Xanthan Gum in Cooking

Find Out Everything About This Common Ingredient

Xanthan Gum frosting on biscotti

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Xanthan gum is a flavorless thickener used in many foods and other commercial products. It is a microbial polysaccharide produced by natural fermentation by the bacterium Xanthomonas campestris.

In addition to thickening, xanthan gum helps keep solid particles in suspension, which is useful in products like bottled salad dressing. It provides an even texture and uniformity in a food and can improve mouthfeel. Xanthan gum can be bought for home use and is a great way to thicken and stabilize soymilk-based rice milk-based sauces, soups, and nondairy ice creams. It's often used in gluten-free baking as a replacement for the sticky effect of gluten.

How Xanthan Gum Is Made

Allene Rosalind Jeanes, a distinguished researcher for the U.S. Department of Agriculture, discovered xanthan gum and it was developed for commercial use. The FDA deemed it a safe food additive in 1968.

Xanthan gum is produced by natural fermentation of corn, soy, wheat, or cabbage. The bacteria digest the sugars in these vegetables and produce a complex sugar polymer. Alcohol is added to make it drop out of solution. The xanthan gum is then dried and converted into a powder that can be used in food and other products.

How To Use Xanthan Gum in Cooking

Xanthan gum functions similarly to gelatin in recipes with regards to stabilizing suspensions, but it is completely vegan, while gelatin comes from animal sources. It's also great for cooking and baking for persons with food allergies and restrictions, especially for those who are omitting dairy, eggs, and soy from their diet. While it may seem expensive at about $10 to $12 for 8 ounces, a very small amount goes a long way.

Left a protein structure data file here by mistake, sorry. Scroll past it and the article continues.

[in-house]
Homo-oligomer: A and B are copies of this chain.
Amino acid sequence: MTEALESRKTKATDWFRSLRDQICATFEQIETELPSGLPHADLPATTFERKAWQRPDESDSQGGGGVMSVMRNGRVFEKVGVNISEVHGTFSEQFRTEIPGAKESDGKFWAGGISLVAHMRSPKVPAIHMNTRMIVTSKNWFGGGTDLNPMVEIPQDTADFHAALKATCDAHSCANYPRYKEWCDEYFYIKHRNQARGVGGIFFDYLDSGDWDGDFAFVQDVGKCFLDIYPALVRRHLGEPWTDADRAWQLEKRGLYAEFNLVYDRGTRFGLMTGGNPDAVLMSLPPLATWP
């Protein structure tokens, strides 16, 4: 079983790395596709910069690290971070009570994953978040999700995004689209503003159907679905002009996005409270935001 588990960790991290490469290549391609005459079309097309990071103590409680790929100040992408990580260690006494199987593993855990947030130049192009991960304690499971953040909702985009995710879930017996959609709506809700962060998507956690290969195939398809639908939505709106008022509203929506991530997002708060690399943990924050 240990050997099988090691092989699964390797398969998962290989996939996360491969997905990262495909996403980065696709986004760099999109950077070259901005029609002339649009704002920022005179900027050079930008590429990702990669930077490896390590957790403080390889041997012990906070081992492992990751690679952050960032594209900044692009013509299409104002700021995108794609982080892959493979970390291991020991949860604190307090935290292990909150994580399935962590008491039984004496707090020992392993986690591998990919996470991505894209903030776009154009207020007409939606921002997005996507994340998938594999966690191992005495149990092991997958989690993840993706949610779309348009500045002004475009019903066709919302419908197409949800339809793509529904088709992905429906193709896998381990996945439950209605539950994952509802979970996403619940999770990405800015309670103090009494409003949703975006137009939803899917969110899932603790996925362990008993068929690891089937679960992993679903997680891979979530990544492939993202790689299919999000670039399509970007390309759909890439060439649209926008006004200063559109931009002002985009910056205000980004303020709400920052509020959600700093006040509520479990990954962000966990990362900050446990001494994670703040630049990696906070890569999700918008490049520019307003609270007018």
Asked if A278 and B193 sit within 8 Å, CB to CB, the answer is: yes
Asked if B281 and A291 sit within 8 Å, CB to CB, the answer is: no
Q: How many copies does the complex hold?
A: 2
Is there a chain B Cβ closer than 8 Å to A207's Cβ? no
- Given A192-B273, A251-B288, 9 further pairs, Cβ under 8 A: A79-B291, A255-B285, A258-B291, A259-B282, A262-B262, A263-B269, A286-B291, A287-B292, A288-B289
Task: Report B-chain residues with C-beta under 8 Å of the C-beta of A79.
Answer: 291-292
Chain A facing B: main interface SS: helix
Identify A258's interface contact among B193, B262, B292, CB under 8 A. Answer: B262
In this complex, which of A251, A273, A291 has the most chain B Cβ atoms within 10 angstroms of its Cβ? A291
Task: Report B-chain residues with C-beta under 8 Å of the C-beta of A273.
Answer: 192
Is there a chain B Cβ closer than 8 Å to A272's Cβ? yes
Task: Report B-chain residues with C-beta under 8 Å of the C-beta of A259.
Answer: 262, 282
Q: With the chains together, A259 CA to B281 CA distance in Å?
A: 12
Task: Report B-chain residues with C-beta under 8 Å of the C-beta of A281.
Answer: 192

No heating or cooling is needed for xanthan gum to form a gel—it does so as soon as it is in contact with a liquid. Acid and heat don't affect it, so it can be used in a wide variety of sauces and juices.

To use xanthan gum in recipes, use about 1/8 teaspoon per cup of liquid and combine these in a blender, not by hand. It will "gum" almost instantly and form clumps if not constantly in motion while it is being incorporated into the liquid.

For sauces, blending the xanthan gum first with a bit of oil before adding the soymilk or rice milk produces the best taste and texture, as this gives the sauce richness and depth that would normally be achieved by cream, butter or eggs. The more xanthan gum is used in a liquid the thicker it will become. 

Is Xanthan Gum Safe?

In small quantities, xanthan gum is perfectly safe to consume. If you ingest more than 15 grams you may experience some intestinal discomfort similar to eating too much fruit. However, most people do not consume anywhere close to this amount of xanthan gum in a day.

Xanthan gum is made with things like corn or soy which can cause an allergic reaction in some. Because of the extraction process, there should be only trace amounts of residual proteins from the sources used in fermentation. These may still be a concern to those who are sensitive, but it is likely that the xanthan gum would test as being free of these allergens. While it's very rare for people to have an allergic reaction to xanthan gum if you are exceedingly sensitive to the base ingredients you might want to skip it. An alternative thickener is guar gum or locust bean gum.

If you happen to inhale xanthan gum powder (not recommended) you may experience some respiratory flu-type symptoms. 

The bacteria that produces xanthan gum also can cause black rot in vegetables such as broccoli or cauliflower. However, the xanthan gum itself is sterile and is not a concern for your garden.

Other Uses for Xanthan Gum

Xanthan gum has medical uses for thickening liquids for people who have had strokes or other conditions that make it difficult to swallow thin liquids without choking. It is used in saliva substitutes for people with dry mouth conditions.

Many cosmetic companies also include it as an ingredient in lotions and liquid makeups. It has skin moisturizing effects which make it great for products used on the face. The oil drilling industry makes use of this common baking ingredient as a mud thickening agent.